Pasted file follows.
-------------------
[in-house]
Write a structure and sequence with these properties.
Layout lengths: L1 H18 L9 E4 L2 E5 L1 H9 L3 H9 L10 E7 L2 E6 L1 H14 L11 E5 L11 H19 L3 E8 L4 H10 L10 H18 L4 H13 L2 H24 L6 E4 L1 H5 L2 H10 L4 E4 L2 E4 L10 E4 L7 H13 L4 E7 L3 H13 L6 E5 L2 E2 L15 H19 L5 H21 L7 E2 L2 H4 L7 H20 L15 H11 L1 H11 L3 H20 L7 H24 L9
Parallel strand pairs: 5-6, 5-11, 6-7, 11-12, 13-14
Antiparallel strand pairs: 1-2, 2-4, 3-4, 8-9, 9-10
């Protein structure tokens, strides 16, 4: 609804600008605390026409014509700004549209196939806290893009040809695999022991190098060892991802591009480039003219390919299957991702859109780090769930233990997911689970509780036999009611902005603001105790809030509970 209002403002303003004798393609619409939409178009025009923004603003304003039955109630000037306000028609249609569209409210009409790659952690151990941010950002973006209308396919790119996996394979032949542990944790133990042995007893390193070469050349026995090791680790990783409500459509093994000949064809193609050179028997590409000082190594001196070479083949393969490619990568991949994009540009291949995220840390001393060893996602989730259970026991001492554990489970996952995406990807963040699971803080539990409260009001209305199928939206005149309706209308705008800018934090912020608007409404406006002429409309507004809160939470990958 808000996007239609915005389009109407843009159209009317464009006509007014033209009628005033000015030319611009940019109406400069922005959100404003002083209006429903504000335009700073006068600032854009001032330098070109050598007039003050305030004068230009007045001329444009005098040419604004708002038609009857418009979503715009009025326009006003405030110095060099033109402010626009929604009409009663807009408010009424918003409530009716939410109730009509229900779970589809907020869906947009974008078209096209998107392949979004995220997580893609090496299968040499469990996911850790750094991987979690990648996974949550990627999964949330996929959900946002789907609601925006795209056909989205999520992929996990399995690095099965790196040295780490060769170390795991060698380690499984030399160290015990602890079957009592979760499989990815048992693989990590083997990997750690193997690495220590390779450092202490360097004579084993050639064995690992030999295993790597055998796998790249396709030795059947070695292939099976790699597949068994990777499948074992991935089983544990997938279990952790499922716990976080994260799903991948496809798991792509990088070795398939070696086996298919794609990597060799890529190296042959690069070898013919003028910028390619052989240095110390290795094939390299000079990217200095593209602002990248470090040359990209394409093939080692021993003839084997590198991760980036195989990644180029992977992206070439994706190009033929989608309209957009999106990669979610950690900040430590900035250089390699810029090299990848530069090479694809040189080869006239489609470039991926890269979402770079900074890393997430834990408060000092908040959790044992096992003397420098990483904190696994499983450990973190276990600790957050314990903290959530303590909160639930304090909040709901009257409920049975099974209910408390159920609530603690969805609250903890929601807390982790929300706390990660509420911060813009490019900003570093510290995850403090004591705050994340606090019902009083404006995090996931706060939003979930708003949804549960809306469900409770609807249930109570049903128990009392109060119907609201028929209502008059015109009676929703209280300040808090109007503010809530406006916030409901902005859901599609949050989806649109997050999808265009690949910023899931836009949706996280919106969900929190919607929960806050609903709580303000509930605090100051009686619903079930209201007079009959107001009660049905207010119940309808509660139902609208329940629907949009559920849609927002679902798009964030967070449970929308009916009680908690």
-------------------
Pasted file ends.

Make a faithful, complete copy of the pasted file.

[in-house]
Write a structure and sequence with these properties.
Layout lengths: L1 H18 L9 E4 L2 E5 L1 H9 L3 H9 L10 E7 L2 E6 L1 H14 L11 E5 L11 H19 L3 E8 L4 H10 L10 H18 L4 H13 L2 H24 L6 E4 L1 H5 L2 H10 L4 E4 L2 E4 L10 E4 L7 H13 L4 E7 L3 H13 L6 E5 L2 E2 L15 H19 L5 H21 L7 E2 L2 H4 L7 H20 L15 H11 L1 H11 L3 H20 L7 H24 L9
Parallel strand pairs: 5-6, 5-11, 6-7, 11-12, 13-14
Antiparallel strand pairs: 1-2, 2-4, 3-4, 8-9, 9-10
């Protein structure tokens, strides 16, 4: 609804600008605390026409014509700004549209196939806290893009040809695999022991190098060892991802591009480039003219390919299957991702859109780090769930233990997911689970509780036999009611902005603001105790809030509970 209002403002303003004798393609619409939409178009025009923004603003304003039955109630000037306000028609249609569209409210009409790659952690151990941010950002973006209308396919790119996996394979032949542990944790133990042995007893390193070469050349026995090791680790990783409500459509093994000949064809193609050179028997590409000082190594001196070479083949393969490619990568991949994009540009291949995220840390001393060893996602989730259970026991001492554990489970996952995406990807963040699971803080539990409260009001209305199928939206005149309706209308705008800018934090912020608007409404406006002429409309507004809160939470990958 808000996007239609915005389009109407843009159209009317464009006509007014033209009628005033000015030319611009940019109406400069922005959100404003002083209006429903504000335009700073006068600032854009001032330098070109050598007039003050305030004068230009007045001329444009005098040419604004708002038609009857418009979503715009009025326009006003405030110095060099033109402010626009929604009409009663807009408010009424918003409530009716939410109730009509229900779970589809907020869906947009974008078209096209998107392949979004995220997580893609090496299968040499469990996911850790750094991987979690990648996974949550990627999964949330996929959900946002789907609601925006795209056909989205999520992929996990399995690095099965790196040295780490060769170390795991060698380690499984030399160290015990602890079957009592979760499989990815048992693989990590083997990997750690193997690495220590390779450092202490360097004579084993050639064995690992030999295993790597055998796998790249396709030795059947070695292939099976790699597949068994990777499948074992991935089983544990997938279990952790499922716990976080994260799903991948496809798991792509990088070795398939070696086996298919794609990597060799890529190296042959690069070898013919003028910028390619052989240095110390290795094939390299000079990217200095593209602002990248470090040359990209394409093939080692021993003839084997590198991760980036195989990644180029992977992206070439994706190009033929989608309209957009999106990669979610950690900040430590900035250089390699810029090299990848530069090479694809040189080869006239489609470039991926890269979402770079900074890393997430834990408060000092908040959790044992096992003397420098990483904190696994499983450990973190276990600790957050314990903290959530303590909160639930304090909040709901009257409920049975099974209910408390159920609530603690969805609250903890929601807390982790929300706390990660509420911060813009490019900003570093510290995850403090004591705050994340606090019902009083404006995090996931706060939003979930708003949804549960809306469900409770609807249930109570049903128990009392109060119907609201028929209502008059015109009676929703209280300040808090109007503010809530406006916030409901902005859901599609949050989806649109997050999808265009690949910023899931836009949706996280919106969900929190919607929960806050609903709580303000509930605090100051009686619903079930209201007079009959107001009660049905207010119940309808509660139902609208329940629907949009559920849609927002679902798009964030967070449970929308009916009680908690």